Measuring the true distance which residents have to travel to access greenspaces in their local area is of interest to a wide range of groups, researchers and organisations across CSGN. A recently developed pilot project, being led by the CSGN Support unit and funded by FCS and SNH, is looking at building on existing work across the CSGN to develop a straight forward methodology which can be replicated across the network to produce data for monitoring change and guiding strategic development.
Why do we need this data?
The CSGN ambitions include (Vision (CSGN, 2010)):
“Creating attractive, safe, and well-maintained green space or accessible countryside within easy walking distance of every home in Central Scotland.”
“Developing a strategic network of high-quality routes for active walking and cycling and recreation
throughout Central Scotland”
Currently, there is no CSGN wide measure of greenspace accessibility to be able to monitor progress to meet these ambitions. While we now know the situation with greenspace quantity (State of Scotland’s Greenspace, greenspace scotland, 2012), we know little about the population this is serving and how accessible it is.
As work takes place on improving the access network there is currently no way to measure the effect this will have on connecting population to existing greenspaces. We also cannot using mapping to highlight areas where work will make the greatest impact. We are also aware that a number of other groups & organisations are interested in this data being available (including Local Authorities, Regional Partnerships and academics/researchers).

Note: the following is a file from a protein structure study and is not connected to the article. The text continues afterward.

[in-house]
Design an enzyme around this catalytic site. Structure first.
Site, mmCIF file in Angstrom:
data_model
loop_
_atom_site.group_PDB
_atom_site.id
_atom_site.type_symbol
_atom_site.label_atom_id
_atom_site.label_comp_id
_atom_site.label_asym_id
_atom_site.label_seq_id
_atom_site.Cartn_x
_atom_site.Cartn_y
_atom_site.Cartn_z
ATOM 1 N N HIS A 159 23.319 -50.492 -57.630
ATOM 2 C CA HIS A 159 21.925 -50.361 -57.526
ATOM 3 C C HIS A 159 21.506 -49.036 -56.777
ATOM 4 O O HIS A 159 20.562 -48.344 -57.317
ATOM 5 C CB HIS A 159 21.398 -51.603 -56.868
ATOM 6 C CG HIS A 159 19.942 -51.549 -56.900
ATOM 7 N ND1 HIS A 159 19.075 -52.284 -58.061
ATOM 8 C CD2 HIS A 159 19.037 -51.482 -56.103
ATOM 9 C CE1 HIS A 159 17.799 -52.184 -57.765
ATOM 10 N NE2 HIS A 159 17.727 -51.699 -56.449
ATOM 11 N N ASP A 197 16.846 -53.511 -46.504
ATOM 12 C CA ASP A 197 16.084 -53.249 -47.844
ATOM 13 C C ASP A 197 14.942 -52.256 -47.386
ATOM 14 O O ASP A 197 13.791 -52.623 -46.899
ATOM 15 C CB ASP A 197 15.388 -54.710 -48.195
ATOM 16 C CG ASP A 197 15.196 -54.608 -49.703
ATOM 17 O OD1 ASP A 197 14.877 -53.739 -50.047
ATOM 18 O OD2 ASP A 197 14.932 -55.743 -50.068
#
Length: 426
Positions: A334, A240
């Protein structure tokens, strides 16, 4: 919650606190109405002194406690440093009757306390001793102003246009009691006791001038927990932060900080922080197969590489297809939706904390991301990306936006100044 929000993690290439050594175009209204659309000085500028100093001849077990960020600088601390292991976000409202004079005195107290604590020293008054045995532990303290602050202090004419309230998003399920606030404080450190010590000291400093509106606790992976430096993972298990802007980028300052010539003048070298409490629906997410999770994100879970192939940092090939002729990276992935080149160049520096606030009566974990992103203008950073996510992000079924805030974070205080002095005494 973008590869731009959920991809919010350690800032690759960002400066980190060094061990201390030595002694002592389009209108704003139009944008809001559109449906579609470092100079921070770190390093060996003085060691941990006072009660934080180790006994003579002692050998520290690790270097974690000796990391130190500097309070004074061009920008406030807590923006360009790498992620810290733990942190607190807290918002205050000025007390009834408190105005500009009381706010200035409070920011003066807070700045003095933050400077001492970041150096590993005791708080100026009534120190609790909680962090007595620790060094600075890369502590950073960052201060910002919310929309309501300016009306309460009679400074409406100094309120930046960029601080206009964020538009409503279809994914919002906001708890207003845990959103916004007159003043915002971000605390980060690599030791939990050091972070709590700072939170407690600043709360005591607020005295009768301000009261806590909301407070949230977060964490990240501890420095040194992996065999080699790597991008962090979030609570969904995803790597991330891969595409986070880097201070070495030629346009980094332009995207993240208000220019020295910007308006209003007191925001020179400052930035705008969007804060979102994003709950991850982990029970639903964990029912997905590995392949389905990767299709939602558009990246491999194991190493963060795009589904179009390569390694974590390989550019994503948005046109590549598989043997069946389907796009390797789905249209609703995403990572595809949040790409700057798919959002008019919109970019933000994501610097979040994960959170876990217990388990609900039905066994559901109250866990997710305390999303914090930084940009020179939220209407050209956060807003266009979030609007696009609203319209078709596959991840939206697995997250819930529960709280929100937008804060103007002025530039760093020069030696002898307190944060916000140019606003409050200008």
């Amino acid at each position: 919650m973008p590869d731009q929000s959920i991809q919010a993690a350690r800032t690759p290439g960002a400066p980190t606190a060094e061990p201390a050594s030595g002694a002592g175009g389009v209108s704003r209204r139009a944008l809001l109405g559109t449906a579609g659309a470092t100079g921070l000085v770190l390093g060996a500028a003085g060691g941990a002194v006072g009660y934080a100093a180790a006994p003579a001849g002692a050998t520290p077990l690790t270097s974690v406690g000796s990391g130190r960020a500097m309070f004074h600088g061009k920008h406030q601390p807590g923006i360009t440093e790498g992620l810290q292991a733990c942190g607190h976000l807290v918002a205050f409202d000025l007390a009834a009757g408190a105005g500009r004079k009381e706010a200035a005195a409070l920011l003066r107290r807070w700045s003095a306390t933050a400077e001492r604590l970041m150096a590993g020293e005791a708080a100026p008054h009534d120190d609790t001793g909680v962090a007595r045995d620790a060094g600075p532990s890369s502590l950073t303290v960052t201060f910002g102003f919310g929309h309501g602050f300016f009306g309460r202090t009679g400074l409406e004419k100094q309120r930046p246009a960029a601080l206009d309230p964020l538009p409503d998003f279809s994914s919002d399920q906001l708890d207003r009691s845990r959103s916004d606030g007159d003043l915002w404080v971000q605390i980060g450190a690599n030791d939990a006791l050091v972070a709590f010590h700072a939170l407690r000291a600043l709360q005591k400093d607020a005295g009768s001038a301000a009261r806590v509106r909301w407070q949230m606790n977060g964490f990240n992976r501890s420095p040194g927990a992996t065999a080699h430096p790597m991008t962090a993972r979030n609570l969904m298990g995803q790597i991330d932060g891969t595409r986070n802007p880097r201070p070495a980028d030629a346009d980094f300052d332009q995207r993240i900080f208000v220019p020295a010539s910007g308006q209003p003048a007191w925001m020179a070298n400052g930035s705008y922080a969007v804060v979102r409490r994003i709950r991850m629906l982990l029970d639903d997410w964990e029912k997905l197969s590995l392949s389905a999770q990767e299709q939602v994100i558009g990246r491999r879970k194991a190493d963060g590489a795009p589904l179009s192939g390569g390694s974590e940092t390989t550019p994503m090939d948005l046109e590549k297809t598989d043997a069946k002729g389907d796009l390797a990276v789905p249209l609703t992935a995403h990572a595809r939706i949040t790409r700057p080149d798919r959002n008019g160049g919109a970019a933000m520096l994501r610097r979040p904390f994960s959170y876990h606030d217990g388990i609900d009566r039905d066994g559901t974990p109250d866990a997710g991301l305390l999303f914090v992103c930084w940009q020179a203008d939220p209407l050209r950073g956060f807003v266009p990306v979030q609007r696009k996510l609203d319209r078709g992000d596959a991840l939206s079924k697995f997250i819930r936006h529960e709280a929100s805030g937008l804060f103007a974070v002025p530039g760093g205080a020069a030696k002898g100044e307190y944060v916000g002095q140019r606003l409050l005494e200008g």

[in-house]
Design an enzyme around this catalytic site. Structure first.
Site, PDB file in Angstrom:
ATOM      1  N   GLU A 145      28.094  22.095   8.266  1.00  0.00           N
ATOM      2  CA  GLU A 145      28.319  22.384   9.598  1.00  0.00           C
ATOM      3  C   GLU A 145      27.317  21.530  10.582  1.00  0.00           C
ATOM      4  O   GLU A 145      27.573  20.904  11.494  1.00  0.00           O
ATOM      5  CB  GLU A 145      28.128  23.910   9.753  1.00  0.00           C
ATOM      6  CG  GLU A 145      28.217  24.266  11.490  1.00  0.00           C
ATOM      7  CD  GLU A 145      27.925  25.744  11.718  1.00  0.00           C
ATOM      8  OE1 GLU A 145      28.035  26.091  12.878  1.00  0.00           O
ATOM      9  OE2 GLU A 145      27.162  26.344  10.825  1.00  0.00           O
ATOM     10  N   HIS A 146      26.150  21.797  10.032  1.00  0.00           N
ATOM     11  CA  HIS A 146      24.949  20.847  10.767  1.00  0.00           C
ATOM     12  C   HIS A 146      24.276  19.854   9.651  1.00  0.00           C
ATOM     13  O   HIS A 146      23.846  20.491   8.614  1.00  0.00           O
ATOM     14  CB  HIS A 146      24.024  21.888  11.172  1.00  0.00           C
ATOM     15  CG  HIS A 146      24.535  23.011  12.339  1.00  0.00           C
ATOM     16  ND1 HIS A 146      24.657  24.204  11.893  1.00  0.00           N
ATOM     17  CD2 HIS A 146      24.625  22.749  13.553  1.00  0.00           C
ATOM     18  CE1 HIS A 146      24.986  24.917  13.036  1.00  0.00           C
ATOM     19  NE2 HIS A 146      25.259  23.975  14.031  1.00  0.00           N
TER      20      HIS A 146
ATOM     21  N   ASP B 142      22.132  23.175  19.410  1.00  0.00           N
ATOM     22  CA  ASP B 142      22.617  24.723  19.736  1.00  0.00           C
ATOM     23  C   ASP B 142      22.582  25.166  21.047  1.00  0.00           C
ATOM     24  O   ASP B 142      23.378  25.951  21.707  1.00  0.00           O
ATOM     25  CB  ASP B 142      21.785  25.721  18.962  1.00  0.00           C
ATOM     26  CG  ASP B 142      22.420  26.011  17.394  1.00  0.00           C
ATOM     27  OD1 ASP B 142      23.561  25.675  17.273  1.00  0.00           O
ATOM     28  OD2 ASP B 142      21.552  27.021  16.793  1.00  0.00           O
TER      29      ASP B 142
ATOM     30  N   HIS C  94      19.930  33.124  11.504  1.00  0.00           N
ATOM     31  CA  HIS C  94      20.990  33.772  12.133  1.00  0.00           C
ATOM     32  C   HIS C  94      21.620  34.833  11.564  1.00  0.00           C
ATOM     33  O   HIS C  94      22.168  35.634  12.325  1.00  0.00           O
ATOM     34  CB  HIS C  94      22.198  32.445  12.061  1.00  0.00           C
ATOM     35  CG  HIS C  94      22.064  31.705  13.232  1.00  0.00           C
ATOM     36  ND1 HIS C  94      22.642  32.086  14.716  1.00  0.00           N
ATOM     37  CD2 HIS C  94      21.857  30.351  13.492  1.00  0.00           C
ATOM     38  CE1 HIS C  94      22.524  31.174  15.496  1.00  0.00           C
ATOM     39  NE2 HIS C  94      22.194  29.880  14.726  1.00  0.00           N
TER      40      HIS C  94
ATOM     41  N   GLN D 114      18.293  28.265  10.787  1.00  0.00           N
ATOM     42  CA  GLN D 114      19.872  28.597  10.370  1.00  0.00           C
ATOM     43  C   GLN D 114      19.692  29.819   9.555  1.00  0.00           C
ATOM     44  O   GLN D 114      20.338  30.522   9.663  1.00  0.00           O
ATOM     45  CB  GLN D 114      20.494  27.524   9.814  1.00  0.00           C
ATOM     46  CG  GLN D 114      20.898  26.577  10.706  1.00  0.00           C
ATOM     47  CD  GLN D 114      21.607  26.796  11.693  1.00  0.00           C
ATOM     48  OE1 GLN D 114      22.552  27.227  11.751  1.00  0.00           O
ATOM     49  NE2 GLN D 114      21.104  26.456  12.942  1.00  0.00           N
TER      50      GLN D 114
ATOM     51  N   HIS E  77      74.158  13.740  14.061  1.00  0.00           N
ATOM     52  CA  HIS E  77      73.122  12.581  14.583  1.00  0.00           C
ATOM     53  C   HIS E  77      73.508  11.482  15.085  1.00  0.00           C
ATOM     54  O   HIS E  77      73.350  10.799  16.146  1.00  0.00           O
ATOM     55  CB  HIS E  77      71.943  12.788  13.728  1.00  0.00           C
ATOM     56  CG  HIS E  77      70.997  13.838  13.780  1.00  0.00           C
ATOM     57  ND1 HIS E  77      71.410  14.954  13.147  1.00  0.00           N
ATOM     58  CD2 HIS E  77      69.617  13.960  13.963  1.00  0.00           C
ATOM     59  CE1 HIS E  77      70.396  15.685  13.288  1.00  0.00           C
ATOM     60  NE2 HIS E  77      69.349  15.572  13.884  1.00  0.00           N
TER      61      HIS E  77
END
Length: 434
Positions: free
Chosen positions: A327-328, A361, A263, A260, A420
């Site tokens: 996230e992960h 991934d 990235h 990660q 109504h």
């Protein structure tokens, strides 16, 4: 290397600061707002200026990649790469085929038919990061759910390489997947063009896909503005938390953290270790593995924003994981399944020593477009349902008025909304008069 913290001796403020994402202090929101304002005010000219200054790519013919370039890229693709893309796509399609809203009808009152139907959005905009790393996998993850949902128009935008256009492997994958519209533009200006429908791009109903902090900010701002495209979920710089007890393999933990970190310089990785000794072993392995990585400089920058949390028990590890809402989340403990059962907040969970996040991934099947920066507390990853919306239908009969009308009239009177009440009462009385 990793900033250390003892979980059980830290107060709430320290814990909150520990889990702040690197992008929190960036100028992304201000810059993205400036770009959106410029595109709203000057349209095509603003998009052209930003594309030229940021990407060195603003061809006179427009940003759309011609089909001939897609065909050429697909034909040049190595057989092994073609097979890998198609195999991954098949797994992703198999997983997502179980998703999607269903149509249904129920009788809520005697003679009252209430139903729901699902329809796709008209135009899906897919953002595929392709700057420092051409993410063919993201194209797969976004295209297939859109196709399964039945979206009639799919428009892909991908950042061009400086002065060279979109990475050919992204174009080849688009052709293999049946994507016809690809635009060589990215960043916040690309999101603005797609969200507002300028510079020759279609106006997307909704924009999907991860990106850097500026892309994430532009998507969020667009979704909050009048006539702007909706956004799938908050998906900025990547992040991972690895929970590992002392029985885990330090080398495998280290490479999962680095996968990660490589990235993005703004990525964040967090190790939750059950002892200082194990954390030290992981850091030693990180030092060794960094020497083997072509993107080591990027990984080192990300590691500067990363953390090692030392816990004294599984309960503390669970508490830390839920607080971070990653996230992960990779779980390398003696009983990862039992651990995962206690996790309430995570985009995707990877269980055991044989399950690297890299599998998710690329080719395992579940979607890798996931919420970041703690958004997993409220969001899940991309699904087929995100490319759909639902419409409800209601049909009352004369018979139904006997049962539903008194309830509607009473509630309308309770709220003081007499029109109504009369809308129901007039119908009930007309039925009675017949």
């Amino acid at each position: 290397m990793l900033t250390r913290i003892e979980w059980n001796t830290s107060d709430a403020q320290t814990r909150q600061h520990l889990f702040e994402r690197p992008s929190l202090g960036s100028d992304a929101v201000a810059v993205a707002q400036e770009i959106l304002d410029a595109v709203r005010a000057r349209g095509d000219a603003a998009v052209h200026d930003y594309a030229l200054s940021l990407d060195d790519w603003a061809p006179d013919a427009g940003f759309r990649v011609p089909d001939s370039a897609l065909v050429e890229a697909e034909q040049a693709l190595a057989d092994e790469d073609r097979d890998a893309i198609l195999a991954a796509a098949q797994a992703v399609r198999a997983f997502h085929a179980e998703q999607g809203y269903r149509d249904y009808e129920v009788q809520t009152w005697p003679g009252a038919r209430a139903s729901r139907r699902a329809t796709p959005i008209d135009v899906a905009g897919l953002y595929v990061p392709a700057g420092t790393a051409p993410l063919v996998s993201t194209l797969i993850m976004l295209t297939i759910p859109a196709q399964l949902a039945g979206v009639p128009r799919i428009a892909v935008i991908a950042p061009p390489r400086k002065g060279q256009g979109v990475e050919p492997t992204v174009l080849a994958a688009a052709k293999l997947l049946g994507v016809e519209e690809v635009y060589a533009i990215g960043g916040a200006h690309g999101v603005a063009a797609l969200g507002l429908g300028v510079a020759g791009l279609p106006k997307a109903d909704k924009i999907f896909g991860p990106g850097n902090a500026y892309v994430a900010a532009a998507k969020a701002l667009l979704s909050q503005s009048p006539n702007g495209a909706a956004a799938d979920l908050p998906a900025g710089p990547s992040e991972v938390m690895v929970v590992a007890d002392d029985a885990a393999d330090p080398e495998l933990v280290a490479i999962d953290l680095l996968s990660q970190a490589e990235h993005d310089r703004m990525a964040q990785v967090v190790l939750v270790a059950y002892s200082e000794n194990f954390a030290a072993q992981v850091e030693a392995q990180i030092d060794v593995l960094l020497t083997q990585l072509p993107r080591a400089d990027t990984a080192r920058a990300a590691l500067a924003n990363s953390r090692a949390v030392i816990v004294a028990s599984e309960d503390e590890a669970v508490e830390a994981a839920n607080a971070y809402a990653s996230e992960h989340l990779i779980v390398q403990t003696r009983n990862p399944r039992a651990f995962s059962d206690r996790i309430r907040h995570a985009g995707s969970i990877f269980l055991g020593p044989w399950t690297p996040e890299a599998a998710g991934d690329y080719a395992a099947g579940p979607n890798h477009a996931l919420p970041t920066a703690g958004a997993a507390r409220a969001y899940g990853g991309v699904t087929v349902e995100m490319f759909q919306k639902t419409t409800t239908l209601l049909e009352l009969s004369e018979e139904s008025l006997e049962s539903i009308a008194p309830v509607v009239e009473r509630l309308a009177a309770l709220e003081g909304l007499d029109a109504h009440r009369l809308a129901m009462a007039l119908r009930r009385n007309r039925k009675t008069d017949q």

A pedestrian network "model", which could be simplified for strategic use would immediately allow comparisons on residents’ access to local greenspace and identify any areas where there is the need/opportunity for intervention.
Using geographic information systems (GIS), traditional (Euclidean) as-the-crow-flies measurements will not provide the level of intelligence required for either of these tasks. More sophisticated "network analysis" allows calculations which take account of the road and path network, using routing analysis very similar to that used in sat-navs.
What is involved in the pilot project?
The pilot project (being carried out by Forth Valley GIS) is looking to develop an approach which could be followed by a GIS trained professional to generate urban greenspace accessibility data for their area of interest - using Scotland's Greenspace Map data and supporting data from Ordnance Survey and Open Street Map.
The model will use Open Source GIS technology to generate this data, to allow the process to be available to as many organisations as possible.
The consultants are looking at methods of capturing greenspace access points in a semi-automated way (to improve modelling where access points are not available) in addition to the modelling described above.
With the co-operation and assistance of the Local Authorities, the focus area for the pilot work has been Midlothian and Edinburgh, to evaluate the efficiency and accuracy of the method.
Can I find out more?
The project report for the pilot and methodology will be available from the CSGN SU in late April. The pilot data will also be available on request to those with appropriate licencing.
If you have any questions about the project, or have an interest in this work, you can contact Abigail Page for further information.